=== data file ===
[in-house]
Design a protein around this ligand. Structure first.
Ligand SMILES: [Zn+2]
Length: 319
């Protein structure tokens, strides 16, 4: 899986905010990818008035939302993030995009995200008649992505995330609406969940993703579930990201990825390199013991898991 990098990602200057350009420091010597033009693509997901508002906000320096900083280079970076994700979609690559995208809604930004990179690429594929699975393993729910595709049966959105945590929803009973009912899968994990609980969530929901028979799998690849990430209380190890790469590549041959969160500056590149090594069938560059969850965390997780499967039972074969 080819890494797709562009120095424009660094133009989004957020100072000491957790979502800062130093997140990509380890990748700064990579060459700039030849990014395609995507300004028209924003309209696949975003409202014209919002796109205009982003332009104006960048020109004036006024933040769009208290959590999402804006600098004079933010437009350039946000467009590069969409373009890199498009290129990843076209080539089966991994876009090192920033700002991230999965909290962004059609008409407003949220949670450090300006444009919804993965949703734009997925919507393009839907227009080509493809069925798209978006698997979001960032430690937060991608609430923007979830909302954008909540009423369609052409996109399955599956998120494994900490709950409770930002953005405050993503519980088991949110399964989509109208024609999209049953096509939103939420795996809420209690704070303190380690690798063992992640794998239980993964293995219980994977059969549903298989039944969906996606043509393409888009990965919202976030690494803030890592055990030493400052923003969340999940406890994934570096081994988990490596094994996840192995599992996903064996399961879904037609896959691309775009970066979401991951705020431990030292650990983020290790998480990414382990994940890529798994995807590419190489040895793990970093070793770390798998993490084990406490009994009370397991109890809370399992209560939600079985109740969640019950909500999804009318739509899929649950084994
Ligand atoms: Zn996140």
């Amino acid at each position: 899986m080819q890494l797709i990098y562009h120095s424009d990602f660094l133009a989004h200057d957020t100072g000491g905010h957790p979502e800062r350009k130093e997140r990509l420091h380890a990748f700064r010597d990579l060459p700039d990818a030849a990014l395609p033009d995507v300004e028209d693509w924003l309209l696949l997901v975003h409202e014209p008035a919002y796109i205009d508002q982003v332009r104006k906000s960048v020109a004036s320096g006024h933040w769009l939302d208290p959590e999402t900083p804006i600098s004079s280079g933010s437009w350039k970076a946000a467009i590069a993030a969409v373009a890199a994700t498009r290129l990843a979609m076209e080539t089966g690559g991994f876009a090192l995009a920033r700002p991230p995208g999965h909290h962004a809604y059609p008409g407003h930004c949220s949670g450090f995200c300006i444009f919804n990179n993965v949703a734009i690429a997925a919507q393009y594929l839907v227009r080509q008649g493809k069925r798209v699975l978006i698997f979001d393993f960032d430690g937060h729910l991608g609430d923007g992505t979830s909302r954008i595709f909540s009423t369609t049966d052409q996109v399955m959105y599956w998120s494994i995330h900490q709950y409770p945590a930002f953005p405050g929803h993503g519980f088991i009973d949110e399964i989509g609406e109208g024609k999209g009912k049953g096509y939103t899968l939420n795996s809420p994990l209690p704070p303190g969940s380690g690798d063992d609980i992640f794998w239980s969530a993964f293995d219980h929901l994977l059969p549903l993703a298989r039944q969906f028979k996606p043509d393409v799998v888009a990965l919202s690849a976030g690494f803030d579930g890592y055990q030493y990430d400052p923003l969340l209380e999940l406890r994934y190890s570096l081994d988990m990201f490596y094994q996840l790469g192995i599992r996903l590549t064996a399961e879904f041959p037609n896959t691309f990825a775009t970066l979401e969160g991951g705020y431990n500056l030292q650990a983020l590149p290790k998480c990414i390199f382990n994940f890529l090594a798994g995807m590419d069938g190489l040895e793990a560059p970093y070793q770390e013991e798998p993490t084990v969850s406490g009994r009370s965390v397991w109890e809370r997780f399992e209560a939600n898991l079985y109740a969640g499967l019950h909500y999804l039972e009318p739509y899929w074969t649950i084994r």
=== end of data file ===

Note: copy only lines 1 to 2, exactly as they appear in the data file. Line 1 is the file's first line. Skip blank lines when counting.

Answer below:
[in-house]
Design a protein around this ligand. Structure first.